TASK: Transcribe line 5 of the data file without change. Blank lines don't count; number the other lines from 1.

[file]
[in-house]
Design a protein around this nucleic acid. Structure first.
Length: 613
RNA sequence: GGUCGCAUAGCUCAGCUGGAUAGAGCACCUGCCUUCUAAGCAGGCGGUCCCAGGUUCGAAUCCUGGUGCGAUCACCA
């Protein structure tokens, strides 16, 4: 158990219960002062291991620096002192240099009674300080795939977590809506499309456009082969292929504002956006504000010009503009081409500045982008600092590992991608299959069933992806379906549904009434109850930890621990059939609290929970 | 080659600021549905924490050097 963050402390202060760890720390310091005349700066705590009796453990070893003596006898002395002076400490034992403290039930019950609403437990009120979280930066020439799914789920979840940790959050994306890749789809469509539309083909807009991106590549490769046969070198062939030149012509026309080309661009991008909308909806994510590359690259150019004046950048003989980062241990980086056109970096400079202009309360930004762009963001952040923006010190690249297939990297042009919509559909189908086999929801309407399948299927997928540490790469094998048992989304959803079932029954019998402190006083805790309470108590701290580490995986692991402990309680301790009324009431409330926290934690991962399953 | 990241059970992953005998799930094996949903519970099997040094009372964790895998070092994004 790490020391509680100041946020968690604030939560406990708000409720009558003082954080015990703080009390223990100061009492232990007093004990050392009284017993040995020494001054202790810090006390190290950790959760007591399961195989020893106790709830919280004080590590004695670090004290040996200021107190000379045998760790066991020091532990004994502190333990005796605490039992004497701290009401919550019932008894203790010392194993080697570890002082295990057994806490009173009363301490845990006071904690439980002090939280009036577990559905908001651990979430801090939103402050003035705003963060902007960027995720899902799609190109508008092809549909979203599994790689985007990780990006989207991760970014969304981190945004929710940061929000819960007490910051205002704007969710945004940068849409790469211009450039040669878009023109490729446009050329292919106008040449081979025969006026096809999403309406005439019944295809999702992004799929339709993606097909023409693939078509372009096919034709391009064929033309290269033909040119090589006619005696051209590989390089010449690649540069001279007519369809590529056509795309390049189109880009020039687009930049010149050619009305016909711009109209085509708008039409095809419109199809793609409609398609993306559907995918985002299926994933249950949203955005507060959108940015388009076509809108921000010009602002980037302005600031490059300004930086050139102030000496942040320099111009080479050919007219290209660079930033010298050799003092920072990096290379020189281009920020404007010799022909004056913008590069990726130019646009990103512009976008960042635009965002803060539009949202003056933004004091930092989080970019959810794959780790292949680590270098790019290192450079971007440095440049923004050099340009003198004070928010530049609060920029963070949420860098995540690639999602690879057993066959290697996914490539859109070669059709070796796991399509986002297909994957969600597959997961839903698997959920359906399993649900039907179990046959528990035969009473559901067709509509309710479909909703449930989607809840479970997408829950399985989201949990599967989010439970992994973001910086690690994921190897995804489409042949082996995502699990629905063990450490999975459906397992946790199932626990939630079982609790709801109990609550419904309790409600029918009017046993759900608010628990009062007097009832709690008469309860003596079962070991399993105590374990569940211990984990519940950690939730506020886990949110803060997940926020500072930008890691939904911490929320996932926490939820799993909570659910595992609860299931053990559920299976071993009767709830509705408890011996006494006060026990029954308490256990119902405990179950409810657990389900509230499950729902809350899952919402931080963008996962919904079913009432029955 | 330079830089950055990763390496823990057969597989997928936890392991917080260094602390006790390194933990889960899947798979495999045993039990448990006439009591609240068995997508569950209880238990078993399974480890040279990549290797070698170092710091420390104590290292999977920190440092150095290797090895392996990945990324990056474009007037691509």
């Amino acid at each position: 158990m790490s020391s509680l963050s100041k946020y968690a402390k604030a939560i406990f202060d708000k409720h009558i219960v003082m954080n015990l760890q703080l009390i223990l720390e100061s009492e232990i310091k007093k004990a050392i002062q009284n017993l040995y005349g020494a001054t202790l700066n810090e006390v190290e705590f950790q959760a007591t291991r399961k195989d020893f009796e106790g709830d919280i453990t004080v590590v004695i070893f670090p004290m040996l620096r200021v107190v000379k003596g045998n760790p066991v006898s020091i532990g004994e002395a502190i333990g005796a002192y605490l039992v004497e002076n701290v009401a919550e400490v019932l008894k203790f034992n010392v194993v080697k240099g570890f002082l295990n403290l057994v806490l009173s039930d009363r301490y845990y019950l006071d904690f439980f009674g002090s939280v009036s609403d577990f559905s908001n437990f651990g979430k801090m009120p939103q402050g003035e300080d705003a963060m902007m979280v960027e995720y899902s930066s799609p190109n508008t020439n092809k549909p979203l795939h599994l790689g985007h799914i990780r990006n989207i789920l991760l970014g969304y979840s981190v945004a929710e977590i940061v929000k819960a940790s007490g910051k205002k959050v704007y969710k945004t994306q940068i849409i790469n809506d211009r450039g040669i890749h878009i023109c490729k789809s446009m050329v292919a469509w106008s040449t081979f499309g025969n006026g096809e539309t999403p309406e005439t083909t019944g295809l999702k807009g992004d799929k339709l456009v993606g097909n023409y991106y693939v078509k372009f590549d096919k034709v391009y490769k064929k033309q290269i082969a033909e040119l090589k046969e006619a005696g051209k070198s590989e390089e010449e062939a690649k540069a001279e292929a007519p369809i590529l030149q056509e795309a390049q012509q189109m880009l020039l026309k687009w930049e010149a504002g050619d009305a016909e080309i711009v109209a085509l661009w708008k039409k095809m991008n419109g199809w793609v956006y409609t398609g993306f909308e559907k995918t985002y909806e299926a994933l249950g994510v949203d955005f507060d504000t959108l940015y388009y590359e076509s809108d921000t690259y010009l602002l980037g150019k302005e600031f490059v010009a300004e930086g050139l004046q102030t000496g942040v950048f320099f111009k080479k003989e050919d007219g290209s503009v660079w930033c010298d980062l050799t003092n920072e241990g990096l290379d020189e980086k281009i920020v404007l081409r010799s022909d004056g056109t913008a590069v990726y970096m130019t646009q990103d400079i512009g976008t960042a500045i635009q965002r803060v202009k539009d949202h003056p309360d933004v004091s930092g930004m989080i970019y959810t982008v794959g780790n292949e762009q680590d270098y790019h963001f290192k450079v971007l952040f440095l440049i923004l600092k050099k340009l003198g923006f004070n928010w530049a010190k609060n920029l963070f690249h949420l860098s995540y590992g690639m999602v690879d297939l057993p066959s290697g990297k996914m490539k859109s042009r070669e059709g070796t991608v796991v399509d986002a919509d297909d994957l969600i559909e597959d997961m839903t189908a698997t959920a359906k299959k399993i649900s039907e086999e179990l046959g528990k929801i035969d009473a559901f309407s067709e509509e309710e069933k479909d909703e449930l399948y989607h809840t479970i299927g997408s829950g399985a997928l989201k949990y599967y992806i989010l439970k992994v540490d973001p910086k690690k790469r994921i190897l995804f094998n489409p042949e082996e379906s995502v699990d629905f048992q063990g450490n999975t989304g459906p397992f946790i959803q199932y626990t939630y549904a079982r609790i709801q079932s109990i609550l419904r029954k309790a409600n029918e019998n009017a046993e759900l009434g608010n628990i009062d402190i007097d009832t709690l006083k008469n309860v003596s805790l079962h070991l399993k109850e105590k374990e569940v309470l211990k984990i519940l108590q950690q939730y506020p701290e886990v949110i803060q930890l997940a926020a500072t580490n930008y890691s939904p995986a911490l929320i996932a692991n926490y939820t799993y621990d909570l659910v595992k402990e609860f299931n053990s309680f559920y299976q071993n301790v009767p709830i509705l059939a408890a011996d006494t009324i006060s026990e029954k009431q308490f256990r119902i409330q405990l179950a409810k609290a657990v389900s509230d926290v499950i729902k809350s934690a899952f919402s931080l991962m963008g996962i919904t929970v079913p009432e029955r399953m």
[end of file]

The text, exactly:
């Protein structure tokens, strides 16, 4: 158990219960002062291991620096002192240099009674300080795939977590809506499309456009082969292929504002956006504000010009503009081409500045982008600092590992991608299959069933992806379906549904009434109850930890621990059939609290929970 | 080659600021549905924490050097 963050402390202060760890720390310091005349700066705590009796453990070893003596006898002395002076400490034992403290039930019950609403437990009120979280930066020439799914789920979840940790959050994306890749789809469509539309083909807009991106590549490769046969070198062939030149012509026309080309661009991008909308909806994510590359690259150019004046950048003989980062241990980086056109970096400079202009309360930004762009963001952040923006010190690249297939990297042009919509559909189908086999929801309407399948299927997928540490790469094998048992989304959803079932029954019998402190006083805790309470108590701290580490995986692991402990309680301790009324009431409330926290934690991962399953 | 990241059970992953005998799930094996949903519970099997040094009372964790895998070092994004 790490020391509680100041946020968690604030939560406990708000409720009558003082954080015990703080009390223990100061009492232990007093004990050392009284017993040995020494001054202790810090006390190290950790959760007591399961195989020893106790709830919280004080590590004695670090004290040996200021107190000379045998760790066991020091532990004994502190333990005796605490039992004497701290009401919550019932008894203790010392194993080697570890002082295990057994806490009173009363301490845990006071904690439980002090939280009036577990559905908001651990979430801090939103402050003035705003963060902007960027995720899902799609190109508008092809549909979203599994790689985007990780990006989207991760970014969304981190945004929710940061929000819960007490910051205002704007969710945004940068849409790469211009450039040669878009023109490729446009050329292919106008040449081979025969006026096809999403309406005439019944295809999702992004799929339709993606097909023409693939078509372009096919034709391009064929033309290269033909040119090589006619005696051209590989390089010449690649540069001279007519369809590529056509795309390049189109880009020039687009930049010149050619009305016909711009109209085509708008039409095809419109199809793609409609398609993306559907995918985002299926994933249950949203955005507060959108940015388009076509809108921000010009602002980037302005600031490059300004930086050139102030000496942040320099111009080479050919007219290209660079930033010298050799003092920072990096290379020189281009920020404007010799022909004056913008590069990726130019646009990103512009976008960042635009965002803060539009949202003056933004004091930092989080970019959810794959780790292949680590270098790019290192450079971007440095440049923004050099340009003198004070928010530049609060920029963070949420860098995540690639999602690879057993066959290697996914490539859109070669059709070796796991399509986002297909994957969600597959997961839903698997959920359906399993649900039907179990046959528990035969009473559901067709509509309710479909909703449930989607809840479970997408829950399985989201949990599967989010439970992994973001910086690690994921190897995804489409042949082996995502699990629905063990450490999975459906397992946790199932626990939630079982609790709801109990609550419904309790409600029918009017046993759900608010628990009062007097009832709690008469309860003596079962070991399993105590374990569940211990984990519940950690939730506020886990949110803060997940926020500072930008890691939904911490929320996932926490939820799993909570659910595992609860299931053990559920299976071993009767709830509705408890011996006494006060026990029954308490256990119902405990179950409810657990389900509230499950729902809350899952919402931080963008996962919904079913009432029955 | 330079830089950055990763390496823990057969597989997928936890392991917080260094602390006790390194933990889960899947798979495999045993039990448990006439009591609240068995997508569950209880238990078993399974480890040279990549290797070698170092710091420390104590290292999977920190440092150095290797090895392996990945990324990056474009007037691509």